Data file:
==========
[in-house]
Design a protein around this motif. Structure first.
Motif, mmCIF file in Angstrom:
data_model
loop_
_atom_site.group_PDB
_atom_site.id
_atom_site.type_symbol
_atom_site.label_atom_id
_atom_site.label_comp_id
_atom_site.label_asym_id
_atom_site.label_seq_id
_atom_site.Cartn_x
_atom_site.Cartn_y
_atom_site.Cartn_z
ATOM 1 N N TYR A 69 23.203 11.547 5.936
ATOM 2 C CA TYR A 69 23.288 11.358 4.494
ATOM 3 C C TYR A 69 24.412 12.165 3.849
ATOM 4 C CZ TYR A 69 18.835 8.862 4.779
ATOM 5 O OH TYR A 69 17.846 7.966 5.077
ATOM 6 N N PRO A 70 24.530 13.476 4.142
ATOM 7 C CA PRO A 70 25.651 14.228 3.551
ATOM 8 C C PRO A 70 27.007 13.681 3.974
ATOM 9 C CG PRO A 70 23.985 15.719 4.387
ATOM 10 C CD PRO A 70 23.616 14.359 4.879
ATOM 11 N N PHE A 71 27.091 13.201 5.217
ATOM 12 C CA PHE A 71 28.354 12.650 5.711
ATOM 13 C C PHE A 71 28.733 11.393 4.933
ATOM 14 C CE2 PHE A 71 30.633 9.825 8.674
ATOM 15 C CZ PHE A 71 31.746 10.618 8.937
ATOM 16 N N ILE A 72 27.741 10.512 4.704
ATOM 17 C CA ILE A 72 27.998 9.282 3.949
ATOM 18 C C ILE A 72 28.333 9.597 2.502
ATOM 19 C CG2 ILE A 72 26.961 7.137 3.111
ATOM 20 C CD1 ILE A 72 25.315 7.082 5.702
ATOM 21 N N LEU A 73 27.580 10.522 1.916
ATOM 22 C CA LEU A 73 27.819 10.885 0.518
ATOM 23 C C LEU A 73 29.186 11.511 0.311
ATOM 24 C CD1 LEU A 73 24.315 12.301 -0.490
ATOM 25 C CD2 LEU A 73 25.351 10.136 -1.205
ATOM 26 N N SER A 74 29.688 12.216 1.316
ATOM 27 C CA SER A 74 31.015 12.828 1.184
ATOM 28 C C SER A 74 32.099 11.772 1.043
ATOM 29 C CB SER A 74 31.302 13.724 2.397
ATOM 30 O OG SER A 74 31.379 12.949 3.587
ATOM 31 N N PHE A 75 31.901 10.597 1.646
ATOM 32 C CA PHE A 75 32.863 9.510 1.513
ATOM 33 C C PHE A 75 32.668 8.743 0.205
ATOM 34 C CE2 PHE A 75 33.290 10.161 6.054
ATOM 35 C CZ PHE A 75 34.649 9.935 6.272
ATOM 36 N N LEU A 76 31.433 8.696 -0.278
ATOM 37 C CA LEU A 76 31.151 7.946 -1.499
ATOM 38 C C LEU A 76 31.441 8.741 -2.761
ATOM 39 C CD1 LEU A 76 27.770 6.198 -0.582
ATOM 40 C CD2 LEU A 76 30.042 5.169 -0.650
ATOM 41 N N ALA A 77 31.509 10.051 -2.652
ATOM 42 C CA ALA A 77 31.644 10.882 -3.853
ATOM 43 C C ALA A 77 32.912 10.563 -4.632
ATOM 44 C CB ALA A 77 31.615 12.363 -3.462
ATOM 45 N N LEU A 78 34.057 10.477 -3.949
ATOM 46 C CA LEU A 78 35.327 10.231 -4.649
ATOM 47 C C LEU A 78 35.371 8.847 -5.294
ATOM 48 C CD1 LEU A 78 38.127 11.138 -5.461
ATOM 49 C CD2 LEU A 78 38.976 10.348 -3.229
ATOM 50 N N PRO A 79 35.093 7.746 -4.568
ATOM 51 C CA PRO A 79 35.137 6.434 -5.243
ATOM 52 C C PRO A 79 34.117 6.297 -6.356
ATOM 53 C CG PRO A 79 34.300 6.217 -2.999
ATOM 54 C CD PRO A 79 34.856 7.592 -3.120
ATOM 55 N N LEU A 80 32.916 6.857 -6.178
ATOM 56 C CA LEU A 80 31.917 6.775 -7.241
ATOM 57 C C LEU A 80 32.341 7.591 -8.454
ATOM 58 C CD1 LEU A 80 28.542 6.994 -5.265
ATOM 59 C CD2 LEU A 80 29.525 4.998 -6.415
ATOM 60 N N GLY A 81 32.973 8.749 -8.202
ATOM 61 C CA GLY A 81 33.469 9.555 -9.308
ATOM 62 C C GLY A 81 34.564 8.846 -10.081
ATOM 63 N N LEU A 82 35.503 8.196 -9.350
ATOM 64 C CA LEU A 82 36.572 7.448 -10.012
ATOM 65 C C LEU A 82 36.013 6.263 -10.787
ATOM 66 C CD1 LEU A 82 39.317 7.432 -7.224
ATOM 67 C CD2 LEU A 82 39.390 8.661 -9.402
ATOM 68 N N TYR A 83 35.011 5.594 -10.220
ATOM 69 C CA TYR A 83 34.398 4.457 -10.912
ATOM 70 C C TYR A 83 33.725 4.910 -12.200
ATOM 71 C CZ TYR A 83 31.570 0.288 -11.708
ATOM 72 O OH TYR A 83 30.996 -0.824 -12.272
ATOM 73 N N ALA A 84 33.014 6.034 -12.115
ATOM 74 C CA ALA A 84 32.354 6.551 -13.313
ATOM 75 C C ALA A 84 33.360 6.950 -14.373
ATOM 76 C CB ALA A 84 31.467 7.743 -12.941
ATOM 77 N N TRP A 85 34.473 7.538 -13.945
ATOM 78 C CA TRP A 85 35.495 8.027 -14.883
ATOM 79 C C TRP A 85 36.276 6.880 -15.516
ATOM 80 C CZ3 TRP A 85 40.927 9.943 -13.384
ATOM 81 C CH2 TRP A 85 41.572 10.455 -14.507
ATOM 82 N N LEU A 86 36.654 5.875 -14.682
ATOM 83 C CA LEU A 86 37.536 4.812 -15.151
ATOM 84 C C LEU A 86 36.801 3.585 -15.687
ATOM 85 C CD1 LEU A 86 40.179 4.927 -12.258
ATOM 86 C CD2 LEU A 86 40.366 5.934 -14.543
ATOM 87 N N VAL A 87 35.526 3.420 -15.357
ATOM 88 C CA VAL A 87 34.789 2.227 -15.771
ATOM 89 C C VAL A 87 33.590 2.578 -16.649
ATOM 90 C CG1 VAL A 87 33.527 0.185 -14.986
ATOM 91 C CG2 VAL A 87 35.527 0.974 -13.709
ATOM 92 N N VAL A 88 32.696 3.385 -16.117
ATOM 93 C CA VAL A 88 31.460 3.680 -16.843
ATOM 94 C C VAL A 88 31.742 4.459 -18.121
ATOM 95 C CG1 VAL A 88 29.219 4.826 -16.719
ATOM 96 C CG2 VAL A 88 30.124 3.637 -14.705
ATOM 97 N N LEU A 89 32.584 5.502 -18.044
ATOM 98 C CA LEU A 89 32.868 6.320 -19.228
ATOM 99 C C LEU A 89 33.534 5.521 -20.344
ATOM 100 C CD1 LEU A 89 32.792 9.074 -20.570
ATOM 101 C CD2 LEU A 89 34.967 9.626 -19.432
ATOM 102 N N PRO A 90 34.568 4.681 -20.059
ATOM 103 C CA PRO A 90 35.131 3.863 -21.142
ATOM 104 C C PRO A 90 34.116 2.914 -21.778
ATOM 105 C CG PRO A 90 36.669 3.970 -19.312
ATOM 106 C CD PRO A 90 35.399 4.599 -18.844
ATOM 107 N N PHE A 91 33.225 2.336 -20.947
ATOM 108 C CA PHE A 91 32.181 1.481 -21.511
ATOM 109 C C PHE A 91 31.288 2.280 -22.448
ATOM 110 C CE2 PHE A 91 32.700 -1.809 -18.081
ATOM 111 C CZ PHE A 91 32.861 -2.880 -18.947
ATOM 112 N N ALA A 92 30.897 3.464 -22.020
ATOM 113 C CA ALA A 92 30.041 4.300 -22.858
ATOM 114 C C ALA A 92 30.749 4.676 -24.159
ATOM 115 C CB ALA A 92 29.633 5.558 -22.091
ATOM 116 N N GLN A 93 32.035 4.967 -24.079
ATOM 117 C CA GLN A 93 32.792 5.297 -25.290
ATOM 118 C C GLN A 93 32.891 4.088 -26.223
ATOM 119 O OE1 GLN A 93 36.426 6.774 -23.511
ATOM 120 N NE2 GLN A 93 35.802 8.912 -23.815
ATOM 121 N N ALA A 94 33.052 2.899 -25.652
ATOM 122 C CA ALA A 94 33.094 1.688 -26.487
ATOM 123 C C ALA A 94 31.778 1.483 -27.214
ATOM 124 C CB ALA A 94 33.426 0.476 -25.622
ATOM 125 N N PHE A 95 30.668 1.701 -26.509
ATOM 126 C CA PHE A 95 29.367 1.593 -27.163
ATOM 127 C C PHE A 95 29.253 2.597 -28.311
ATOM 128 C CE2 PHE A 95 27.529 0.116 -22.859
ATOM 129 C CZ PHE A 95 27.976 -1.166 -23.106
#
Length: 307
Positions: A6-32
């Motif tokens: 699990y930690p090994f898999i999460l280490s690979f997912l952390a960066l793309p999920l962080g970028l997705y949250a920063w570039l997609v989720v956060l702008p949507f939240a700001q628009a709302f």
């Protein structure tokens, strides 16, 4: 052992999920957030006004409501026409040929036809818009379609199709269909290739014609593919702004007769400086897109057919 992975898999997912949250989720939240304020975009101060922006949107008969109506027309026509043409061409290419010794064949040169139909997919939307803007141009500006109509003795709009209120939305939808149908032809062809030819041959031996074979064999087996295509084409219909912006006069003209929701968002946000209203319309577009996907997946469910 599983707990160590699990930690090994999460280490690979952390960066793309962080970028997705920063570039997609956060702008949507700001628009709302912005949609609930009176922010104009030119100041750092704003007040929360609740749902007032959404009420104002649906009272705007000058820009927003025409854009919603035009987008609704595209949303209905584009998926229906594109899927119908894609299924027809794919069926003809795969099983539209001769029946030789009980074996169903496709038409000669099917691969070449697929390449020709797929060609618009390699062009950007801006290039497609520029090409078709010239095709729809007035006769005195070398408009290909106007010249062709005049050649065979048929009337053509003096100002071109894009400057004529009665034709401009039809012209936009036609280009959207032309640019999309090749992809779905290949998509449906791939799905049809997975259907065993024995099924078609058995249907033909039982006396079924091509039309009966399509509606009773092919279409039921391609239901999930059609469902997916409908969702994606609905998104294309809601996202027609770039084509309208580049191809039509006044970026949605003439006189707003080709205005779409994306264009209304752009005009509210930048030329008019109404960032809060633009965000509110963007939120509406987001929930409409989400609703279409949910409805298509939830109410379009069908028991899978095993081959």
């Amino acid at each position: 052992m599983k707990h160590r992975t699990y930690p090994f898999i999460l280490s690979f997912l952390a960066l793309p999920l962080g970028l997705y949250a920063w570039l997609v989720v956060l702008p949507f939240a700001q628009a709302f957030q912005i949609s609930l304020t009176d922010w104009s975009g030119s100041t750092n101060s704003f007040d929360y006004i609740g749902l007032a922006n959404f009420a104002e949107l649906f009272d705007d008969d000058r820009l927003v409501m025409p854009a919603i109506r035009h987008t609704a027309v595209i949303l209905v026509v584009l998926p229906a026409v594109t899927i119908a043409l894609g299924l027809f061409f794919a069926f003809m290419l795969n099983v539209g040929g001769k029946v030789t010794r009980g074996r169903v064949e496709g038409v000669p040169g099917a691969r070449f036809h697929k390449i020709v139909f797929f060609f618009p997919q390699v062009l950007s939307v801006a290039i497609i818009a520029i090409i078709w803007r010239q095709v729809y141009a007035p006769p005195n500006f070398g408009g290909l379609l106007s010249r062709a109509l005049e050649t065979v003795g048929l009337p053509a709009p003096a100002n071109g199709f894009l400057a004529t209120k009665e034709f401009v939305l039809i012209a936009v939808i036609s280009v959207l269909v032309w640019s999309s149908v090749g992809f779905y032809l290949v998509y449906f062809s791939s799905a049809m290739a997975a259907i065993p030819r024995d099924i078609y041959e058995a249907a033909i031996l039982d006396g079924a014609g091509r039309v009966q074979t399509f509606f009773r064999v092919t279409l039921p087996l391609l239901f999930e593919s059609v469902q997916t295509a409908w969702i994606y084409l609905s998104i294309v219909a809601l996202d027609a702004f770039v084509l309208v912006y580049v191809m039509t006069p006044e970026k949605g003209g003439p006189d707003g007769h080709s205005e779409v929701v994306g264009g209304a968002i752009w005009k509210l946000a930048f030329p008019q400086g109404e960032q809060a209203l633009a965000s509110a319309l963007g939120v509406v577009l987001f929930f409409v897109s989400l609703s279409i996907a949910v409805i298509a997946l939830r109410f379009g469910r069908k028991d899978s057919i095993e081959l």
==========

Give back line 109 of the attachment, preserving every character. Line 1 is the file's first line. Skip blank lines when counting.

ATOM 94 C C VAL A 88 31.742 4.459 -18.121